The Marshall Tucker Band: Chris Hicks (vocals, guitar); Dave Muse (mandolin, woodwinds, horns, keyboards, background vocals); Tim Heatherly (bass guitar, background vocals); Doug Gray (background vocals); Barry "B.B. Queen" Borden, Stuart Swanlund.
Personnel: Chris Hicks (vocals, guitar, acoustic guitar, electric guitar, banjo, background vocals); Stuart Swanlund (vocals, guitar, electric guitar); Jimmy Hall (vocals, harmonica); Doug Gray (vocals, percussion); David Muse (mandolin, flute, woodwinds, tenor saxophone, horns, organ, keyboards, synthesizer, background vocals); Billy Sandlin (fiddle); Paul Hornsby (piano, electric piano, organ); Clay Cook (piano, background vocals); Barry "B.B. Queen" Borden (drums); Keith Glenn (cowbells); Tony "Ray" Heatherly (background vocals).
Additional personnel: Clay Cook, Jimmy Hall, Paul Hornsby, Billy Sandlin, James Tuck Tucker.
Audio Mixers: Doug Gray; Buddy Strong.
Recording information: Dragon's Head Studio, FL; Muscadine Studio, Macon, GA; Southeastern Sound, Greenville, SC.
Author: Doug Gray.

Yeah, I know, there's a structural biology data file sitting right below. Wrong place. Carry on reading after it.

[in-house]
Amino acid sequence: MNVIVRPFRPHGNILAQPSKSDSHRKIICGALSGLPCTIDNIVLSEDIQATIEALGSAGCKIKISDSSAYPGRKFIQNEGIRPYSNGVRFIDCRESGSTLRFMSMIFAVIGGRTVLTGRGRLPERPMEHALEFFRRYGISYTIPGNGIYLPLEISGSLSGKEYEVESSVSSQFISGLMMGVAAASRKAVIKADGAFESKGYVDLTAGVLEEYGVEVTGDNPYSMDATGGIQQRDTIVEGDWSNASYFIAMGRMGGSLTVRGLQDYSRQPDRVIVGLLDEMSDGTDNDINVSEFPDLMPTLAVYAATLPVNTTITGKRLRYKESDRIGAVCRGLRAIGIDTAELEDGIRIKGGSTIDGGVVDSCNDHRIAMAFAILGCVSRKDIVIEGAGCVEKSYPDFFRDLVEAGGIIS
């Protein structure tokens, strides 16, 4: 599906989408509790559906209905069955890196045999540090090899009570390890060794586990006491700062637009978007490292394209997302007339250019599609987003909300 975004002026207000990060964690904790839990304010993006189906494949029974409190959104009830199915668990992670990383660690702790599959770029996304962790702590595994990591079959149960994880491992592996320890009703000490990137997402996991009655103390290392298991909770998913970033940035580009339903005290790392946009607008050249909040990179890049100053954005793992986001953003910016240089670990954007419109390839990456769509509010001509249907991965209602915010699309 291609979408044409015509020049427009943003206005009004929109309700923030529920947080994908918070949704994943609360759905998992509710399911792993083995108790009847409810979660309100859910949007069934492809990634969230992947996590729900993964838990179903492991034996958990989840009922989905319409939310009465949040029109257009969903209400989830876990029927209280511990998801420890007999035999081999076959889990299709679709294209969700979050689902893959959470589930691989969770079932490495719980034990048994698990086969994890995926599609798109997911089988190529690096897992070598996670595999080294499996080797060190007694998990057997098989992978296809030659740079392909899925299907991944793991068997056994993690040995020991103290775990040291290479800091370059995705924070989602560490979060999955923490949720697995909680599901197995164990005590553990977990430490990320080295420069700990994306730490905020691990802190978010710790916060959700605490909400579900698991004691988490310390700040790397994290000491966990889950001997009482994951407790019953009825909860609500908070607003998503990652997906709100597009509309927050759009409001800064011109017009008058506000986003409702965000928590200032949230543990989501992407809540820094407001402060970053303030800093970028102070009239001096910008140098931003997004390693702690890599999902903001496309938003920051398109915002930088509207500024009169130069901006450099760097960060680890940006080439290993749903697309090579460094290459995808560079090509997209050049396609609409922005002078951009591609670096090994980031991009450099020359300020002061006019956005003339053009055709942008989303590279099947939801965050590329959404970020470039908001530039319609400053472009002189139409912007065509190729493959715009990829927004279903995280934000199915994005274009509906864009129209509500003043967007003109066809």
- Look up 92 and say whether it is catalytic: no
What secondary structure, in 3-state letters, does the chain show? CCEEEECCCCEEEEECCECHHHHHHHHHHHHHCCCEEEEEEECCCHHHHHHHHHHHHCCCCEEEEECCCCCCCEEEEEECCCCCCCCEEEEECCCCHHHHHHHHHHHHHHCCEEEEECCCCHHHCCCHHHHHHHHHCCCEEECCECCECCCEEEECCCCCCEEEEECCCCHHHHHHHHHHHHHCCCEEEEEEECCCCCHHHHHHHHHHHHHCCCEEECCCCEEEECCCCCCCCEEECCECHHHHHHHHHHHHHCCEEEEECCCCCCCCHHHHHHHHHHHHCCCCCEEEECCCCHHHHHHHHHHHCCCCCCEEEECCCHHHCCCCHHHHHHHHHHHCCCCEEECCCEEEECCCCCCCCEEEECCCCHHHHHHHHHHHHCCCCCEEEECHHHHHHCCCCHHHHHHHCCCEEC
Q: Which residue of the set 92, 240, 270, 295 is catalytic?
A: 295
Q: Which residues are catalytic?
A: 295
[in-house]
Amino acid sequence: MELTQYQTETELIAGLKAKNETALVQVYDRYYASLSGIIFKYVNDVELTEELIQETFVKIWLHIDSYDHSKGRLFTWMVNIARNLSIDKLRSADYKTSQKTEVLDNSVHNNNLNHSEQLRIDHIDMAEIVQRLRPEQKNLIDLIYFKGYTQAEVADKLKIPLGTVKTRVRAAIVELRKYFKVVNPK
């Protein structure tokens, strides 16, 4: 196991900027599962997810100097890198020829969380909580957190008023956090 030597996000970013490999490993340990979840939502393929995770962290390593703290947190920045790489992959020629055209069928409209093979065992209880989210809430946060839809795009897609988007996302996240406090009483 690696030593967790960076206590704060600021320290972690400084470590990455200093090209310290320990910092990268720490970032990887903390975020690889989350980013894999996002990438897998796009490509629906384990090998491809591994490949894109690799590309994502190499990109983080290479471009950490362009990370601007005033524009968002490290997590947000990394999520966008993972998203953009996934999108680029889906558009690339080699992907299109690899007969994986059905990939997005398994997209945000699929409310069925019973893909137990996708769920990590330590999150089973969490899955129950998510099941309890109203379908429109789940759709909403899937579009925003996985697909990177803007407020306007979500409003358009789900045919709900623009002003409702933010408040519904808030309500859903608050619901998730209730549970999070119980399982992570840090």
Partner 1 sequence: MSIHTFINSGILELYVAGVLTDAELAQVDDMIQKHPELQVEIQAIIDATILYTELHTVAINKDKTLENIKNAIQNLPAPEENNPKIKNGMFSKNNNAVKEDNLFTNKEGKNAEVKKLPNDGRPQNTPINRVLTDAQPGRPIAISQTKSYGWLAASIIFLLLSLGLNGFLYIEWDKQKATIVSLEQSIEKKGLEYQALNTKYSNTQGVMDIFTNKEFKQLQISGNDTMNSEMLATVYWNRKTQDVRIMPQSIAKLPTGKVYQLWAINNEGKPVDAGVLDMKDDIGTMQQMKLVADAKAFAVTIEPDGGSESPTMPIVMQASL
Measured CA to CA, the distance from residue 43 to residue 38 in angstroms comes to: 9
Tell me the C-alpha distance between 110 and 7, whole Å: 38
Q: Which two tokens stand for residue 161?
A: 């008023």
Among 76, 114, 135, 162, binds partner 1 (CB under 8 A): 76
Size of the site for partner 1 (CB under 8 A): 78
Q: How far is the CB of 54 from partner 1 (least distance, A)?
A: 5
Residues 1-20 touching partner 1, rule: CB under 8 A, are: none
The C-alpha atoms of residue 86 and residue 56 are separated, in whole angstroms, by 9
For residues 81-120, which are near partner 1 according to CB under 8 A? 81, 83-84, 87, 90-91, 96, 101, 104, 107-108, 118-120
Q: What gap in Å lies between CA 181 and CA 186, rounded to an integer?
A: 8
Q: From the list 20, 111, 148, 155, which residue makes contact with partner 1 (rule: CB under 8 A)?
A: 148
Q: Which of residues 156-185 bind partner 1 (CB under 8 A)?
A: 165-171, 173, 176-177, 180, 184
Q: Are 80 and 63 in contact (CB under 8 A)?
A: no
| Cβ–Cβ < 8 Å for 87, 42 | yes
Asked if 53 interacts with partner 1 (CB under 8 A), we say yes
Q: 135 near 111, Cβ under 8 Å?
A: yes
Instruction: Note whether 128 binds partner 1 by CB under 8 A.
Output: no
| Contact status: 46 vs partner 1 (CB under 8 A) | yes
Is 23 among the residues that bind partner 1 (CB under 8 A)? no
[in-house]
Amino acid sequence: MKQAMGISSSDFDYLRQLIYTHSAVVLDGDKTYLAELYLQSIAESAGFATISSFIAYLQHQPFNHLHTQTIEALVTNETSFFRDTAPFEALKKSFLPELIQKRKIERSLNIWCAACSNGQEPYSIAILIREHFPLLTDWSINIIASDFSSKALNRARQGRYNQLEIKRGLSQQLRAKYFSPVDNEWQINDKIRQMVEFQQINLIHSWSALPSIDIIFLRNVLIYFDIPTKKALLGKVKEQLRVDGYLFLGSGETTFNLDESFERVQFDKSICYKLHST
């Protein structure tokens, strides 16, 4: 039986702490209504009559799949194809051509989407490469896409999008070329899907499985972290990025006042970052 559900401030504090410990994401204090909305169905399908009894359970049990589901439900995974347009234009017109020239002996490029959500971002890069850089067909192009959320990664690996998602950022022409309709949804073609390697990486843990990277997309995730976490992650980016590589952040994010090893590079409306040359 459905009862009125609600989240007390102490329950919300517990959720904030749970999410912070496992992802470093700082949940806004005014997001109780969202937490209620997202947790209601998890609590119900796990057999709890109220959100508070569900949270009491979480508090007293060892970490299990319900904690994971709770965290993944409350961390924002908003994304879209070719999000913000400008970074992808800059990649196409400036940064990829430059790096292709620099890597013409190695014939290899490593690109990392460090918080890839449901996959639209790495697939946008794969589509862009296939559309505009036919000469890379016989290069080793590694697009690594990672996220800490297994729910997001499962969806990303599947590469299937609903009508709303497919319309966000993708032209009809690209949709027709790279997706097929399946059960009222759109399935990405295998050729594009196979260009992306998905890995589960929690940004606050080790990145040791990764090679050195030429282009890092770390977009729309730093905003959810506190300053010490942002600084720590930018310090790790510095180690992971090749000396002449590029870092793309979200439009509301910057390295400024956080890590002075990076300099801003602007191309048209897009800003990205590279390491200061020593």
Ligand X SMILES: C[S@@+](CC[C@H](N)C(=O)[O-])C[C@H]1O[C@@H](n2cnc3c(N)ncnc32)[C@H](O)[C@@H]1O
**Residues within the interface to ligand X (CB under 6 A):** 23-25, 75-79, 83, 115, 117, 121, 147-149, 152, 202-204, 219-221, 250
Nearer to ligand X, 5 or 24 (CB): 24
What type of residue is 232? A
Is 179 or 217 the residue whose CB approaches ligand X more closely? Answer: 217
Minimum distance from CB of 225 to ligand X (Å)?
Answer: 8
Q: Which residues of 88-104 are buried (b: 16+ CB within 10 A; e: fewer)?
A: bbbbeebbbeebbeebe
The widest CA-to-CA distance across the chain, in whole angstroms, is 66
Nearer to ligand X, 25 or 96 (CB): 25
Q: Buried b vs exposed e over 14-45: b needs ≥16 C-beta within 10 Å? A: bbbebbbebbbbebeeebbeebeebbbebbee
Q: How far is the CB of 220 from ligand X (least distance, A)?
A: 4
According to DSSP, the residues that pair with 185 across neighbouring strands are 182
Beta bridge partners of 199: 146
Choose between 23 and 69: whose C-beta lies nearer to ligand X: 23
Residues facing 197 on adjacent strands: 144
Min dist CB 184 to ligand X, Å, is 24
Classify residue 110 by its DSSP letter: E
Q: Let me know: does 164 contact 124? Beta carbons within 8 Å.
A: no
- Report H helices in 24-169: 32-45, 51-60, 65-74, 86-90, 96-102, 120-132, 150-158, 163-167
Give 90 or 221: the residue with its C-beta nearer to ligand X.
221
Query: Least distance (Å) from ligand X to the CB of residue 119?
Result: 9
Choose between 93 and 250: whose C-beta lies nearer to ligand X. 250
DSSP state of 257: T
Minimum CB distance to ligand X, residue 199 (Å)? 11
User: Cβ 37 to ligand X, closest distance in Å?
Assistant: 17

The core of the Marshall Tucker Band's sound had historically been Toy Caldwell's guitar and Doug Gray's voice. The band has been through many permutations and Caldwell has since passed on, but Gray and a core of members, including horn boss David Muse (formerly of Firefall) and guitarist Stuart Swanlund, have been carrying the torch for a while now. With second lead vocalist and rhythm guitarist Chris Hicks, bassist Tony Heatherly, and drummer B.B. Borden, Marshall Tucker is in its fourth decade as a recording and touring entity. What's amazing is that the unit consistently comes up with compelling new material and hits the charts once in a while. In other words, this is not some jive revivalist move to make some quick cash before fading into oblivion. Beyond the Horizon offers 12 new tracks that rely heavily on the open Southern groove that was at the heart of the Tuckers' mature sound. Elements of soul, blues, and jazz blend seamlessly in the tracks "Ride of Your Life," Caldwell's "Texas on My Mind," the slippery Americana of "Into Your Eyes," and the swampy "King of the Delta Blues," which evokes memories of "Can't You See" in both chord structure and guitar attack. The band can still really rock it up when it wants to as well, as evidenced by the smoking strut in "Set You Free," the rootsy country of "Angel (With a Honky Tonk Heart)," and "The Rain." Marshall Tucker was always more musically adventurous than any of their rowdier peers. Besides the Allmans, they were the only other band of the "Southern rock" ilk that could play with as much texture, style, and sheer aplomb. Beyond the Horizon is a worthy installment in the band's continued history. ~ Thom Jurek